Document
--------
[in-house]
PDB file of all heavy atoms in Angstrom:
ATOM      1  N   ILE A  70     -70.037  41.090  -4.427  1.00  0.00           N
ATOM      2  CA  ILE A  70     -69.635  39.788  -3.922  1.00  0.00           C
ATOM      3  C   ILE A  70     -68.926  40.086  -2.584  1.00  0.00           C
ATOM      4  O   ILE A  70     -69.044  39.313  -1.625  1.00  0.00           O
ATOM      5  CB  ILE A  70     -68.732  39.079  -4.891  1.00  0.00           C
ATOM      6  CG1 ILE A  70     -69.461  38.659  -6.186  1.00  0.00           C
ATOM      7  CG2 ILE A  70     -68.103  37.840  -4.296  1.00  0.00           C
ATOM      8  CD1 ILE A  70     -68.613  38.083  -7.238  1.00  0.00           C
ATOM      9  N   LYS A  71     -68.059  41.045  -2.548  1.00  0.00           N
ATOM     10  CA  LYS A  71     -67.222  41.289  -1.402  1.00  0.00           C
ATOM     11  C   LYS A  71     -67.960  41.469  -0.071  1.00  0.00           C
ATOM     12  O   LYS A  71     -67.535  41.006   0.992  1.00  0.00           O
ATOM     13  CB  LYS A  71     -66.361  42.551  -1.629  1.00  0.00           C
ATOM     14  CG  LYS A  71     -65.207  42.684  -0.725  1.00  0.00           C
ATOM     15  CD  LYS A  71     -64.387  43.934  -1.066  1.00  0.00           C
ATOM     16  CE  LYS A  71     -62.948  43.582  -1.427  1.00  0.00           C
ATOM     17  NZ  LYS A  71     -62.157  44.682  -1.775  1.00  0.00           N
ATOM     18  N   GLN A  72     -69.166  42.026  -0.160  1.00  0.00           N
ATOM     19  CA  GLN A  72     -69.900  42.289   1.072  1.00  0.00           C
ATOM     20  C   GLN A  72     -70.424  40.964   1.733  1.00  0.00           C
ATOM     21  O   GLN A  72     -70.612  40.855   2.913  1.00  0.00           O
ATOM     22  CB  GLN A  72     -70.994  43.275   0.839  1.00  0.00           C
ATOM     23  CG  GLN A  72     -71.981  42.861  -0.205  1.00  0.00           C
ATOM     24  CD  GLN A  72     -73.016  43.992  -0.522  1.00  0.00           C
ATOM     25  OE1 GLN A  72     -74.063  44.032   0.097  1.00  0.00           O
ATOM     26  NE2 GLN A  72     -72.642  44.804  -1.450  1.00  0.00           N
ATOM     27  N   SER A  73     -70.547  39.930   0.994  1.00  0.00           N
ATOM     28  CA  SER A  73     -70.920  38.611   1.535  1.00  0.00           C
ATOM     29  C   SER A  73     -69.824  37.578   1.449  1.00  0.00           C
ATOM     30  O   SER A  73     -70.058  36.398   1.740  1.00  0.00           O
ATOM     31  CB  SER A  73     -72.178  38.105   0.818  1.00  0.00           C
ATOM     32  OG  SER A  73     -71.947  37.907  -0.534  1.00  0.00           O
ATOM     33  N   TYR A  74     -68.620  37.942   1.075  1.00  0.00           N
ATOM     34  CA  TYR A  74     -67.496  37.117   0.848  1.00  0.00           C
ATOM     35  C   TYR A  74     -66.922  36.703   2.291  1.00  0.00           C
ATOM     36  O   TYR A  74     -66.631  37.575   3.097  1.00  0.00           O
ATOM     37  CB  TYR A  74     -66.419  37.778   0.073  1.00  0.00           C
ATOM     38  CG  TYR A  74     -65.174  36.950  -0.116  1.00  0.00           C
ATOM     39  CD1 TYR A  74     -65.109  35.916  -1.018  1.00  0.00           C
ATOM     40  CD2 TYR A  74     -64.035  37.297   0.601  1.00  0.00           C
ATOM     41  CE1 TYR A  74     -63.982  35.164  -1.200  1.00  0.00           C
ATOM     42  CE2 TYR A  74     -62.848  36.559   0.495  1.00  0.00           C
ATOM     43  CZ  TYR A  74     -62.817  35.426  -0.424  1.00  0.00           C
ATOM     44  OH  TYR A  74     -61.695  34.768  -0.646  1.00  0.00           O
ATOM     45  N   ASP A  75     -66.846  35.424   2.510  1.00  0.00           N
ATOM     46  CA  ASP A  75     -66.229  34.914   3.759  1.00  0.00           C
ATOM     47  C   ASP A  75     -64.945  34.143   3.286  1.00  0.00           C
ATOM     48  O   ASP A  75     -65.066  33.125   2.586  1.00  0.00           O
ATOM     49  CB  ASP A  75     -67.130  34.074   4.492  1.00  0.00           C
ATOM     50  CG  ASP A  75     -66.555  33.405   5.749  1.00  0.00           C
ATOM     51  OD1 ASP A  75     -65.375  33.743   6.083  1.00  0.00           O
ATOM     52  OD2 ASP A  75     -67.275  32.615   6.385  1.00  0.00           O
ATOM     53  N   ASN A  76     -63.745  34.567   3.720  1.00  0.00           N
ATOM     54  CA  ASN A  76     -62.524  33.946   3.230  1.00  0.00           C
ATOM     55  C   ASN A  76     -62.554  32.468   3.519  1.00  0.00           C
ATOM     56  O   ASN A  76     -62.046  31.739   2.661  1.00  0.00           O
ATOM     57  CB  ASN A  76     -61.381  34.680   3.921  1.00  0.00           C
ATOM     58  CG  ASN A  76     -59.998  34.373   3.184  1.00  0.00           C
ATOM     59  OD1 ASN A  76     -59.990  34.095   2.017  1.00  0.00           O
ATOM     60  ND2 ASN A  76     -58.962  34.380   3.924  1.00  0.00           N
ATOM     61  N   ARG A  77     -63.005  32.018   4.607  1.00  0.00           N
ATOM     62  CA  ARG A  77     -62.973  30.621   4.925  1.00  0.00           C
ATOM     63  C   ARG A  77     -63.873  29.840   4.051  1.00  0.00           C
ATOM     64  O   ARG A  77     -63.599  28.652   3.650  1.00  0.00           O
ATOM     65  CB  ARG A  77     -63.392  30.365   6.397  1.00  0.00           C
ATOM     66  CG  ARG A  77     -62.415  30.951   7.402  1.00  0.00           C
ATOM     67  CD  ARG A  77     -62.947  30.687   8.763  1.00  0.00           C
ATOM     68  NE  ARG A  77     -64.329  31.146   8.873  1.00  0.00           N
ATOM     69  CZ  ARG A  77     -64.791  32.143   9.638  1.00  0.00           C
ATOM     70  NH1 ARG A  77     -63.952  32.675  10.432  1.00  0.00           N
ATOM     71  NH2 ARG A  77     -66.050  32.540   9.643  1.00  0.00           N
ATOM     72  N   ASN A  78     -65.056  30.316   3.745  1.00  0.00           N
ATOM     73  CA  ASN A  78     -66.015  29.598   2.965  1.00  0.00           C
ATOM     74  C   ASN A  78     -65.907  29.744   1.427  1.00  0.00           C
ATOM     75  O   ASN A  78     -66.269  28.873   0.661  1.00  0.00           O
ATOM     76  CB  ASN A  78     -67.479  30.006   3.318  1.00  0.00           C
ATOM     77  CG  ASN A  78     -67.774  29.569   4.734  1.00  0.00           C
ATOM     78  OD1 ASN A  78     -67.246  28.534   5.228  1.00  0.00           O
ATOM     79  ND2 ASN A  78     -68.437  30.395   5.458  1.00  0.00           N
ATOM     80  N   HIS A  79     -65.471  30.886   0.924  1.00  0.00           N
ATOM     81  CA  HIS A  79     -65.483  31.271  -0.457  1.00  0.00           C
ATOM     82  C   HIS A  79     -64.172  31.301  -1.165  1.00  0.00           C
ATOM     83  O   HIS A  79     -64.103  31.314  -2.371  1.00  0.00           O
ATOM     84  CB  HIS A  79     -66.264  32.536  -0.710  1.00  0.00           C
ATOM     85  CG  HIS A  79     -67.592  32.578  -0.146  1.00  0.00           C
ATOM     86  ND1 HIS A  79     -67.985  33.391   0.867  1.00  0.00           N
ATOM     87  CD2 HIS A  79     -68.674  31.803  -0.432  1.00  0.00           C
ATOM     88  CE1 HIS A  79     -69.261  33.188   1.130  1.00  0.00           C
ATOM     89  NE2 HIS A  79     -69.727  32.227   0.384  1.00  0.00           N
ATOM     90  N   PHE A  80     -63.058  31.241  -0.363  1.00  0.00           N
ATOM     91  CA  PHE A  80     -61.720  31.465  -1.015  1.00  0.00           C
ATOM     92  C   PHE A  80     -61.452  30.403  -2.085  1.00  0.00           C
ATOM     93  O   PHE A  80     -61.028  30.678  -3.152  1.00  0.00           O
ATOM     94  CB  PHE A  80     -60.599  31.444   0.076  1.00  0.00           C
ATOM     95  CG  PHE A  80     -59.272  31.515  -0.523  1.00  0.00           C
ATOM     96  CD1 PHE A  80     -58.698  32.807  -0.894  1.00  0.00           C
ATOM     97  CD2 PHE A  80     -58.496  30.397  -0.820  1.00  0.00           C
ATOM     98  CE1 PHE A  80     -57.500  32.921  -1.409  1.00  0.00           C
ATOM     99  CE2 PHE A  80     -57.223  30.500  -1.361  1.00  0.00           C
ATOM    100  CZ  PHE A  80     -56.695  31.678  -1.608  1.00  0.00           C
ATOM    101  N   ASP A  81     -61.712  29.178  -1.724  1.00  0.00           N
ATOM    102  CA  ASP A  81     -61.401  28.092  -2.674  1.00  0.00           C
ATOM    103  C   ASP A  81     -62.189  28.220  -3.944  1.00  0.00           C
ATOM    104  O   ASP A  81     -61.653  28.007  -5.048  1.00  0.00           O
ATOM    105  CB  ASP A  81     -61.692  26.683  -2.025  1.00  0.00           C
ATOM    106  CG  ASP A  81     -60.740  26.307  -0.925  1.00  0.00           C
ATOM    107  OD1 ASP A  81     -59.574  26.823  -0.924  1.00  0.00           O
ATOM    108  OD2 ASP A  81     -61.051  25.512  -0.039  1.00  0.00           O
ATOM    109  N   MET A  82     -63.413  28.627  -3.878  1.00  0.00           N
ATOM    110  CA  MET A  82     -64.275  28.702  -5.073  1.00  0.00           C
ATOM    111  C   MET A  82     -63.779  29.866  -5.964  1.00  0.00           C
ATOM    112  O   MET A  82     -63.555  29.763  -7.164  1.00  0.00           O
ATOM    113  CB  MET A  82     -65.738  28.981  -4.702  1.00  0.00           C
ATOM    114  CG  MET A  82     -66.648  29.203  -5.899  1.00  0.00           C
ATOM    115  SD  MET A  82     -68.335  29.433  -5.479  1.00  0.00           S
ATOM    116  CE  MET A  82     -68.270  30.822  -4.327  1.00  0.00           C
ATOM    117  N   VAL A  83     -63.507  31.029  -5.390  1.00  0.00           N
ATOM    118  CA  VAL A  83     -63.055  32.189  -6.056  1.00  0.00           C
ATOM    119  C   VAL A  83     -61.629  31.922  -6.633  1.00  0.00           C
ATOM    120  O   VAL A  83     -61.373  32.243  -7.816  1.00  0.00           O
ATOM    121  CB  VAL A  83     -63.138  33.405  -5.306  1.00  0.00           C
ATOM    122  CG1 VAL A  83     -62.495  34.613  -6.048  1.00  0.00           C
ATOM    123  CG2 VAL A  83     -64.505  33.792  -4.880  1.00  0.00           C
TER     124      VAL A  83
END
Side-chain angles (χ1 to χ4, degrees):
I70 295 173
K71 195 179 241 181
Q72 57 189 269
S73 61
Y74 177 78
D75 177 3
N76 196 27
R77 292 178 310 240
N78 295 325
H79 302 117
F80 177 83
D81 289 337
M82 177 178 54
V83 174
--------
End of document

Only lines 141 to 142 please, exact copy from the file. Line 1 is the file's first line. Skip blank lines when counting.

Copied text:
M82 177 178 54
V83 174